Once, as a student, I went on holiday with a group of friends to the Transkei, a wild and wonderful part of the South African coastline. As a child I’d had a couple of Transkei holidays, so I knew what to expect: cloudless blue skies, flat white beaches, friendly warm seas, a daily supply of fresh fish and peace on earth. As a student I was expecting all that, plus alcohol. What we got was rain.
The Hluleka Nature Reserve, just south of Port St Johns on what is also called the Wild Coast, is a small camp of wooden cabins on stilts. It is beloved by nature enthusiasts, anglers, bird-watchers and hikers. Being very hard to get to on hundreds of kilometres of dirt roads, you need a four-wheel drive, and since students don’t usually own four-wheel drives or have parents insane enough to lend them their own, we may have been the first students to holiday at the Hluleka Nature Reserve. And if we weren’t the first, then we were possibly the last.
Perhaps we had a day or two of heaven on earth, I can’t remember now, but very soon the rain came and all our dreams of lying in the sun, swimming, braaing, sitting out under the stars philosophising came to nothing. However, being resilient and crafty students, we knew how to make our own fun. At first we had a few wet walks, but soon we realised that the only way to cope with the ongoing African rain was to drink. Shortly after breakfast, two people would be dispatched to take the landrover across the river to the only shop in a twenty kilometre radius, which conveniently happened to have a bottlestore attached, to buy our beer supply for the day. As there were nine of us, this meant a substantial number of crates. On their return they would be greeted warmly by six bored housemates anxious to alleviate holiday ennui by cracking open their first drink of the day. One of our party, a fastidious and rather churchy Afrikaans girl (let’s call her Hannah) was a nondrinker so she stuck to soft drinks.
And so the daily drinking would begin. I also remember a large amount of sleeping – we were students after all, much reading, hearty eating, the smell of damp jersey, marathon card games, and since there were nine of us crammed into a small wooden cabin with doors that barely closed and very little privacy, extremely public bowel movements. Since some of our party had not yet shaken off their schoolboy obsession with poo, one bright spark who was rather proud of his metabolism challenged the group to who could produce the most bowel movements over the course of the holiday. To a man, we charged our Red Labels (beer not whiskey), and accepted his challenge.
Hannah was horribly thrown by the discussion of poo and spent a not-surprising amount of time in her room. However, whenever she emerged from the bathroom, she would be subjected to interrogation until she admitted to what she had produced. As I recall, her output was not great. I suspect the horror of that holiday may have caused her to suffer from lifelong constipation*.
After a morning’s drinking and poo tallies, it would be time for The Swim. Remember, it was still raining. We’d make our way wobbling down the path to the beach, soaked to the swimming costume, plunge into the sea, and then shiver back up the hill to dry off with our damp towels and put on our damp clothes. One day, someone thought it would be a fabulous idea to skinny-dip, so on the beach all of us – except for Hannah – whipped off our wet costumes and plunged roaring into the sea. It was the best swim of my life, naked in the Wild Coast surf. We girls roared out again, giggling hysterically (noting along the way that Hannah’s also rather conservative and now naked boyfriend was spectacularly well-endowed), only to see wading towards us, fully bathing costumed, and wearing an unreadable expression on her face, the head of our alma mater’s Old Girls’ Guild. It was rather like one our mothers appearing. Us naked, she costumed. Us drunk, she very clearly sober. Daylight. On a beach. In the Transkei. We chorused, “Hello Mrs Copperplate” and ran snorting explosively up the beach, just like the bunch of schoolgirls we had only recently stopped being.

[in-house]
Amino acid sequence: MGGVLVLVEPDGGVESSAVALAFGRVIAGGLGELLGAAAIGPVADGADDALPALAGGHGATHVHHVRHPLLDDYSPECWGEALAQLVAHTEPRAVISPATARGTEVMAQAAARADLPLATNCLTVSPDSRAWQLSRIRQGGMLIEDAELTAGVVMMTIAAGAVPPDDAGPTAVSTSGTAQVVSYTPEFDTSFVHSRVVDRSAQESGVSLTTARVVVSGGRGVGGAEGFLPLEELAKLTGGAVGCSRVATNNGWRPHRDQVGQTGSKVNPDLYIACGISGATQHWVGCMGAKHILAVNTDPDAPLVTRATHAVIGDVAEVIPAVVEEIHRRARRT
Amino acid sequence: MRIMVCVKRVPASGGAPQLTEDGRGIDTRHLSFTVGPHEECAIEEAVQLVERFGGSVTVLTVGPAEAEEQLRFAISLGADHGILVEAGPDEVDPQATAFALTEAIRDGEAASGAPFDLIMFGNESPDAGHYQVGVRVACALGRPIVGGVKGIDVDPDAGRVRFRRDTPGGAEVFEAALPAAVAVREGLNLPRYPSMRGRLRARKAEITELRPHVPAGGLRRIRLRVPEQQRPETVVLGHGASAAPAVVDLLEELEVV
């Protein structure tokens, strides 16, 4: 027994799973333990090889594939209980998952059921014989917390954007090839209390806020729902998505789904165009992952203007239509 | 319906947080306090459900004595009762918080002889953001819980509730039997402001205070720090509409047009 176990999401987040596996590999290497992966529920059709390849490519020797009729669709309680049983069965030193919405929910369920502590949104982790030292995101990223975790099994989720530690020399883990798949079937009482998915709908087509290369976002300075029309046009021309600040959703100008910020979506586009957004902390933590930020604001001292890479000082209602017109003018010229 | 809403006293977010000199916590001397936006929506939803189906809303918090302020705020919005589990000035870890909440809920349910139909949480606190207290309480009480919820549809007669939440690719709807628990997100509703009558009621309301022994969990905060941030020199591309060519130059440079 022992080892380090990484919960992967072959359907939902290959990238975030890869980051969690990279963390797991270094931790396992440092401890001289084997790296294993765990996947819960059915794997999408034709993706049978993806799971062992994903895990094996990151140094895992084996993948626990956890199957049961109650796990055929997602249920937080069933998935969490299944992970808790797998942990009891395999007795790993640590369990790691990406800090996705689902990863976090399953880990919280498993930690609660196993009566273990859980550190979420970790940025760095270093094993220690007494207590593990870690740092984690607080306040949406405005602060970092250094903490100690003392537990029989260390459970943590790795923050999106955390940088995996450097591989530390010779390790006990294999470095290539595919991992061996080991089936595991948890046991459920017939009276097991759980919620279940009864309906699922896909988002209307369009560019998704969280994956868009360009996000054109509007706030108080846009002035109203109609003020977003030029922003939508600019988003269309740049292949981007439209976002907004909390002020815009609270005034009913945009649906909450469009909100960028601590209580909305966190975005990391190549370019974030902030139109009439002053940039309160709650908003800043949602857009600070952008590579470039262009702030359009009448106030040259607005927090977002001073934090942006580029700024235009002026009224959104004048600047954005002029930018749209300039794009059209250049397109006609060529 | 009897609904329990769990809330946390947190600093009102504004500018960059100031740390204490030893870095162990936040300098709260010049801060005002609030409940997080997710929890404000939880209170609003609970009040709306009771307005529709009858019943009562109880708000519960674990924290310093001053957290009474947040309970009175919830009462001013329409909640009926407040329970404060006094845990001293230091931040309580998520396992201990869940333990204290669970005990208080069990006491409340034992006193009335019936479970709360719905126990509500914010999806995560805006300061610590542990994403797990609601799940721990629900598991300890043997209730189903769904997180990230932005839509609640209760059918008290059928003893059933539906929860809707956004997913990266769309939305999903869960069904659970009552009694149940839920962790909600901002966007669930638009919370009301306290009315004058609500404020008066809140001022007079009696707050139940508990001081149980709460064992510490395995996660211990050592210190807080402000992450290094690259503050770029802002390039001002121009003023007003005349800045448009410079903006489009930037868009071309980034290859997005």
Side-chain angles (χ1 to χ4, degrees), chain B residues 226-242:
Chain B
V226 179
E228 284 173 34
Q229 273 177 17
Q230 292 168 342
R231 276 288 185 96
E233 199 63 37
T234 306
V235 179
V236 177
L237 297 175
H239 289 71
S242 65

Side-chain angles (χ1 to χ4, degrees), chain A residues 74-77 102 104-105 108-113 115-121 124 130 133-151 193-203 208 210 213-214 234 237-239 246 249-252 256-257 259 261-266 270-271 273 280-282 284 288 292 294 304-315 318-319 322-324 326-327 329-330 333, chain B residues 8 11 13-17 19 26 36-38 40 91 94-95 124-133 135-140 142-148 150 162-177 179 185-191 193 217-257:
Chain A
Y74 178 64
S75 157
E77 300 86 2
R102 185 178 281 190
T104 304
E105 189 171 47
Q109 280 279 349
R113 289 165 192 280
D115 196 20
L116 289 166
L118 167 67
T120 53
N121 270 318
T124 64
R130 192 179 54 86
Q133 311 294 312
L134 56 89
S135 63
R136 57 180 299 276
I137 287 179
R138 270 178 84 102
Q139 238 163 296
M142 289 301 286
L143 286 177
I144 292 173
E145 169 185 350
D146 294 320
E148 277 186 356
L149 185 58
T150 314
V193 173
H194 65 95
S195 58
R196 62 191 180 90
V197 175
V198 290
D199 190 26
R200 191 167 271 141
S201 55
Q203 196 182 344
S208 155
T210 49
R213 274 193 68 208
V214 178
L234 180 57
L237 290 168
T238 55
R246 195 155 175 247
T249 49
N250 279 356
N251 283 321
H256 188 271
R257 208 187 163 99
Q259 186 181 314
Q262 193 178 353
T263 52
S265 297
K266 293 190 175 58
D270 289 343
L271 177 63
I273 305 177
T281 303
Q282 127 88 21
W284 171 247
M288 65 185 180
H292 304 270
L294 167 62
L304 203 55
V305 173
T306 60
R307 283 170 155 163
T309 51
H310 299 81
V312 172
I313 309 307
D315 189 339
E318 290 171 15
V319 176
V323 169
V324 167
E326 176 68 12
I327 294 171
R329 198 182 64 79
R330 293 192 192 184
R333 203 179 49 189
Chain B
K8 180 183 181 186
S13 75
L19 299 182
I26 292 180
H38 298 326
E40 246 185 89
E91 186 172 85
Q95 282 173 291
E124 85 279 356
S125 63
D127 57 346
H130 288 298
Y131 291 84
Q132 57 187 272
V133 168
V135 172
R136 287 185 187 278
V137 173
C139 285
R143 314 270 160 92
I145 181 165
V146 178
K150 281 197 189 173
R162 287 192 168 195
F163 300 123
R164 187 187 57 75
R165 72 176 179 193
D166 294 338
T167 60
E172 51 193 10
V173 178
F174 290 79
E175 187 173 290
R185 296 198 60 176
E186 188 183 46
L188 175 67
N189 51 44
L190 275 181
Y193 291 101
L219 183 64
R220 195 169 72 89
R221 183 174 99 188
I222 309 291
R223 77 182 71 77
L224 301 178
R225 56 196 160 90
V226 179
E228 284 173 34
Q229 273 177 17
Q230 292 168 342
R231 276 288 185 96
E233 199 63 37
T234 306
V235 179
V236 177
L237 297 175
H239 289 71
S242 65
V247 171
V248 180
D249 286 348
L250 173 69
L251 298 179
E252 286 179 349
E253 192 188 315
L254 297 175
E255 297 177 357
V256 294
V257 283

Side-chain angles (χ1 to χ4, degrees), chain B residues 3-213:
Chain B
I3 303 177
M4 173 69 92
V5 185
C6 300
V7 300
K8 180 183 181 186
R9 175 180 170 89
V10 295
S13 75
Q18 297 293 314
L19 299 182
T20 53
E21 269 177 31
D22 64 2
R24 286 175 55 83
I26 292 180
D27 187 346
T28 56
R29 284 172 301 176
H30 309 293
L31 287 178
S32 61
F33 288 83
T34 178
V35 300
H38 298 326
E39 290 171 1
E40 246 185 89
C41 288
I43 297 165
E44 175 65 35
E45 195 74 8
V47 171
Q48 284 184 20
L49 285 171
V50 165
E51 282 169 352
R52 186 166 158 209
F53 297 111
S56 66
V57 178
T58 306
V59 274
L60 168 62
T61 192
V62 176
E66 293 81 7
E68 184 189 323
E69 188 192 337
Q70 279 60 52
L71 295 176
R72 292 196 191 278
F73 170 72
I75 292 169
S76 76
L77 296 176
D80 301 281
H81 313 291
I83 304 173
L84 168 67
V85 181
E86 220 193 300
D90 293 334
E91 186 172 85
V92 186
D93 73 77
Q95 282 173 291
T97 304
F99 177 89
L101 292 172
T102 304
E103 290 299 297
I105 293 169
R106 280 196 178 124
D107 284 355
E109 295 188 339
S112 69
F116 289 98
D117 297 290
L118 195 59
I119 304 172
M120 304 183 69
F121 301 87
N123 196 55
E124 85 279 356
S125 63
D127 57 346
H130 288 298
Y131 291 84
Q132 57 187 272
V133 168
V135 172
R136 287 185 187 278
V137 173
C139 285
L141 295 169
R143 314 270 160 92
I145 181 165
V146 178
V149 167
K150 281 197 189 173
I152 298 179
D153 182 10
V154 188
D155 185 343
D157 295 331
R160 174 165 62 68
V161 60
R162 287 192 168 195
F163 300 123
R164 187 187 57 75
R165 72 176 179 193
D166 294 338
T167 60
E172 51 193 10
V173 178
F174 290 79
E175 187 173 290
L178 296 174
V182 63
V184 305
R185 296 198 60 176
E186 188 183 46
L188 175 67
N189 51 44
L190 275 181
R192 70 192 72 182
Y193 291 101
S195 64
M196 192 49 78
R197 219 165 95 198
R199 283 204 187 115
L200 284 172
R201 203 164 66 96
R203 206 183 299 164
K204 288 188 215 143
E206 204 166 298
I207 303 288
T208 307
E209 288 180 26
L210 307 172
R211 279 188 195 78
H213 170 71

As the time to leave drew nearer, we assiduously worked on finishing up our supplies. The rain grew heavier. The night before we were due to leave, one of the group went to the camp’s offices to pay. He came back, sober-faced. “We can’t leave,” he told us. “The river’s flooded its banks and we can’t get across.”
We were stuck, with dwindling food supplies, no access to alcohol, in an extremely remote part of South Africa. We sobered up fast and start conjuring clever meals out of tuna. Then there was a knock at the door. It was Mrs Copperplate. She said, “We couldn’t help noticing you have cigarettes. Could we exchange a couple of bottles of red wine for some cigarettes?”
Could we ever! And thus began the bartering that got us through the next few days. Someone gave us eggs, we gave them tuna, someone took cigarettes off us and gave us potatoes. There was a lovely spirit of we’re-all-in-this-together floating round the wet camp. One morning, we woke up and the rain had stopped. The sun had come out and the river had subsided sufficiently for us to ford the river. We hurriedly packed up our bags, stomachs grumbling at the thought of toasted cheese and tomato sandwiches at the first petrol station en-route home.
A sharp-eyed member of the party wandered into Hannah’s room just as she and her boyfriend were zipping up their bags. She noticed an ill-concealed and full box of cereal that he hastily tried to hide under a couple of dirty T-shirts. The well-endowed one had been hiding supplies! After we’d all had old apples, or somesuch disappointing breakfast. He was henceforth known as Biggus Dickus.
* Hannah, if I ever meet you again, I will apologise to your sweet person for the tortures we may have visited on you that holiday